5 Mans and Basketball
It’s that time of year again. It’s Saturday afternoon and I’m enjoying 3 different college basketball games on TV. Once March arrives, college basketball will briefly take over many of our lives as we fill out our brackets and lose the NCCA pool to our Boss’s daughter’s best friend who “just really likes the color blue!” So, what does this have to do with WoW?
I’ve always completely made up seen some parallels between a basketball team and a 5 man instance run in WoW. For those of you who may not be basketball fans, let’s go over the basics of what makes up a team. You can have five players on the court, and they tend to divide into a few different roles. Not all teams will break out this way, but it’s a good general framework for understanding the game.
The point guard is primarily the person handling the basketball. He specializes in making great passes that will allow his teammates to succeed. He’s probably the shortest player on the team, but he wins the game by letting others do most of the scoring. At the end of the game, he knows he did his job if he has a lot of assists (passes that led directly to points) without a lot of turnovers (handing the ball to the other team). A good point guard sees the whole court while he plays, even while focusing on the basketball and his next move.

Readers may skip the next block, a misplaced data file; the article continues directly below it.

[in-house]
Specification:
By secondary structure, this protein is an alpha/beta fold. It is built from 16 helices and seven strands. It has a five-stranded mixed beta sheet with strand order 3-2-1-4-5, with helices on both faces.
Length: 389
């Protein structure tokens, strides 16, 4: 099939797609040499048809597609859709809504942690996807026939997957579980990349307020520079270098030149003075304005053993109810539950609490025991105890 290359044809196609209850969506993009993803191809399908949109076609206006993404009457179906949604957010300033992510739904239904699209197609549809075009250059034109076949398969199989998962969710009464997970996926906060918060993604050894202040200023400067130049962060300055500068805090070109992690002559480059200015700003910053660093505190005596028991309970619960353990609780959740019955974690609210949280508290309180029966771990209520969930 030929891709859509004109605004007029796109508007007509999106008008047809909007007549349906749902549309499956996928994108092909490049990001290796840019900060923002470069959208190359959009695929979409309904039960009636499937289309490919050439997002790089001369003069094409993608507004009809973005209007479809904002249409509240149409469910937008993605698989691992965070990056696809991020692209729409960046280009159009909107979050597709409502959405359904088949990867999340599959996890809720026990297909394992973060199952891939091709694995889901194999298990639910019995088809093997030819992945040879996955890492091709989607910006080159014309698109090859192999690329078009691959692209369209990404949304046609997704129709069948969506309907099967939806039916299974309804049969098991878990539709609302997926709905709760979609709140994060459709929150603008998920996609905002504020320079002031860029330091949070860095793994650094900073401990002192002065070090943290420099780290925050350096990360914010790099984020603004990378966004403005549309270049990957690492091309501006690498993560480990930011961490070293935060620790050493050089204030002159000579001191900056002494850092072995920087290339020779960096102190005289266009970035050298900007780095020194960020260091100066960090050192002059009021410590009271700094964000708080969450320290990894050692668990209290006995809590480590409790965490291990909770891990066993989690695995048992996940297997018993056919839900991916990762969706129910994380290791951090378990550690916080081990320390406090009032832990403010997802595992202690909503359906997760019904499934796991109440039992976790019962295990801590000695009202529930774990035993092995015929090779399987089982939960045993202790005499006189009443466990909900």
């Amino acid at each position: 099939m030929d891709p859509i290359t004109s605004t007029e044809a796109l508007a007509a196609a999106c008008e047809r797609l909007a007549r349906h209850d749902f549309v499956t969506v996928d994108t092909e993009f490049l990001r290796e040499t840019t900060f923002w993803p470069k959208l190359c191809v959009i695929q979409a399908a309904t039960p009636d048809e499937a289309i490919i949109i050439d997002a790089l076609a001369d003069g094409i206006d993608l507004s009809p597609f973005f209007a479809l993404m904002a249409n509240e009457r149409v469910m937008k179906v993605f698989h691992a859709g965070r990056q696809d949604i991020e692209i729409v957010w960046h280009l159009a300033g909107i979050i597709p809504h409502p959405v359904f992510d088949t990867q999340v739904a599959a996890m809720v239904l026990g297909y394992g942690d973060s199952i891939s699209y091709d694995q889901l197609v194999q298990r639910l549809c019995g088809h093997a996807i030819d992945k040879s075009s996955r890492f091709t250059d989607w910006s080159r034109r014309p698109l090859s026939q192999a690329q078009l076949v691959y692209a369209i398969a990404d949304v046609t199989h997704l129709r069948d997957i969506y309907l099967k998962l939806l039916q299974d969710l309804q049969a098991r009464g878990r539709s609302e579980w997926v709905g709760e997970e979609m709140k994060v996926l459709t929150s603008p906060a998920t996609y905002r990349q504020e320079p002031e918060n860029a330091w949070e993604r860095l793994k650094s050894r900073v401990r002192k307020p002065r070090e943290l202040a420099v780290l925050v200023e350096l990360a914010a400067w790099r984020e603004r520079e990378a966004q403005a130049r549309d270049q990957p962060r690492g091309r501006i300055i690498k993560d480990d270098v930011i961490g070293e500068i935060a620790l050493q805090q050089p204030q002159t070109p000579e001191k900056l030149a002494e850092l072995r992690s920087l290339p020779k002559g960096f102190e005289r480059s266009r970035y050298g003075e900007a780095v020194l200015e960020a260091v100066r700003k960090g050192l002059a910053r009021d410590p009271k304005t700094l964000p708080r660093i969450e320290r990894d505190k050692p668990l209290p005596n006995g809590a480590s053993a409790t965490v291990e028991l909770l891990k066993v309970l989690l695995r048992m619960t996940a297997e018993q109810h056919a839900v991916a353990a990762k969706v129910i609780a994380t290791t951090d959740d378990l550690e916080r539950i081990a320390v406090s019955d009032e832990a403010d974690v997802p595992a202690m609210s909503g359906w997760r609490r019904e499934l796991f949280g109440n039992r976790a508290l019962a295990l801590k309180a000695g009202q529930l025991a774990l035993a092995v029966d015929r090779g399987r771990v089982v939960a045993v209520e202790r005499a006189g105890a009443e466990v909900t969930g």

The center is usually the tallest player on the team. He spends most of his time down near the basket, both on offense and defense. In this position, he takes a fair amount of punishment, and dishes it out as well. He uses his size to gain a good position where he can score or rebound missed shots. A good center will command a lot of the other team’s defensive attention so that the rest of his team can score.